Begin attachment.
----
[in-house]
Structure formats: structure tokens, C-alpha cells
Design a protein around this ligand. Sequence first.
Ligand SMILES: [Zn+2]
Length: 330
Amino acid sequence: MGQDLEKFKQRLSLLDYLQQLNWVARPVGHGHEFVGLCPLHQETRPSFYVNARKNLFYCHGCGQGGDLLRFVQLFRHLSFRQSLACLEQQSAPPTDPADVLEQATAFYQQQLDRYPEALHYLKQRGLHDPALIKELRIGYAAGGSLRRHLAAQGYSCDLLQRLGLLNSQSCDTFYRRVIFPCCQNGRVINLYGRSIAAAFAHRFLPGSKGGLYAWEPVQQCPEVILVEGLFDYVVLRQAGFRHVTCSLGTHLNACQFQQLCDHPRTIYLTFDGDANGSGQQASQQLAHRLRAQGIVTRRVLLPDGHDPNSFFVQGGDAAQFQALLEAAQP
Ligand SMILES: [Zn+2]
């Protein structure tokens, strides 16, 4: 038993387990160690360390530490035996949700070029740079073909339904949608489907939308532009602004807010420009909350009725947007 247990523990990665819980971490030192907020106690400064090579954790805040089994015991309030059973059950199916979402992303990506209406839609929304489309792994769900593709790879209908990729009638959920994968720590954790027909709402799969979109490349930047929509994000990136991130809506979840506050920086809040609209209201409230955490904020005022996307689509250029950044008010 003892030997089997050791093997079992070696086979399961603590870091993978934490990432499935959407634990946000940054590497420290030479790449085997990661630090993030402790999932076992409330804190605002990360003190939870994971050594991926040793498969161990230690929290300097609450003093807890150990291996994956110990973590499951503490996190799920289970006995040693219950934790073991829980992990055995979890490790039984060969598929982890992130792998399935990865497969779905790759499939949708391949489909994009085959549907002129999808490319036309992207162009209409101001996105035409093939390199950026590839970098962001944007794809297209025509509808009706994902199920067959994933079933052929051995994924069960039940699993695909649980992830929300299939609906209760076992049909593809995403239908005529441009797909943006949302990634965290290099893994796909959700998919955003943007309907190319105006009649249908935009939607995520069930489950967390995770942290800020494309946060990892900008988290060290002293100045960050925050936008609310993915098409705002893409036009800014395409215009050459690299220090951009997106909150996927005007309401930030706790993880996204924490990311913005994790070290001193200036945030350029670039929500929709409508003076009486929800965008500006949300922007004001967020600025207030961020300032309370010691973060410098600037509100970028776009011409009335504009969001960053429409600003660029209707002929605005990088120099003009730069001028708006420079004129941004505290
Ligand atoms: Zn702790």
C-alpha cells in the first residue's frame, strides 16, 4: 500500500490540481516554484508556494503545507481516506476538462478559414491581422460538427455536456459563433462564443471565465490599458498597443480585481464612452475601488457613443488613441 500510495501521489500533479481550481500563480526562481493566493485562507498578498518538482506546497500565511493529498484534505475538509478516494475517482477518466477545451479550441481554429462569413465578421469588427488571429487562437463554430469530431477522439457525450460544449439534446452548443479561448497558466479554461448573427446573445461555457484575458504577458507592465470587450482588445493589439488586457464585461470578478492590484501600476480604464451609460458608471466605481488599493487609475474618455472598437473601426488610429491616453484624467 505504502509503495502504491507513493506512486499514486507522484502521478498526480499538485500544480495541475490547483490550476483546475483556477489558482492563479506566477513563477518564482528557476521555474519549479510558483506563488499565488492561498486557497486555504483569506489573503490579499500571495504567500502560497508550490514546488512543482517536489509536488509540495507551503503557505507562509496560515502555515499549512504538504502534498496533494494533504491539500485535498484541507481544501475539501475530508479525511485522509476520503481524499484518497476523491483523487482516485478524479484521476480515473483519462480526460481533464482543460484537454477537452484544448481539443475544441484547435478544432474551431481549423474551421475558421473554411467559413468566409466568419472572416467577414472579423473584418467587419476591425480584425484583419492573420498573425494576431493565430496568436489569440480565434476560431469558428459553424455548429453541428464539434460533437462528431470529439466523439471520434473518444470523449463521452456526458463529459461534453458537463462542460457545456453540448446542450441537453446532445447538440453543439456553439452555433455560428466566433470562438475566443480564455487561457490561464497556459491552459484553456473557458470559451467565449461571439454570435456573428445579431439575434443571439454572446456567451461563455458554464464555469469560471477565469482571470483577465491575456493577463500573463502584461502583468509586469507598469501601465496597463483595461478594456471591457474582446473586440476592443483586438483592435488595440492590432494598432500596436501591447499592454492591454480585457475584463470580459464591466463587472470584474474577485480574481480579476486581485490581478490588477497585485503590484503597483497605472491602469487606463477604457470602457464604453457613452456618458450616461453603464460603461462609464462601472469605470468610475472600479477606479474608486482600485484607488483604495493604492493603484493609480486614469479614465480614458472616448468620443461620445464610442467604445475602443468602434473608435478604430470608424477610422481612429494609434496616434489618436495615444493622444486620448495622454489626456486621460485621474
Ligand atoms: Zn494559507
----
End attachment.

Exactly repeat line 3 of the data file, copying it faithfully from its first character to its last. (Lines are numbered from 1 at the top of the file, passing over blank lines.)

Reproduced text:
Design a protein around this ligand. Sequence first.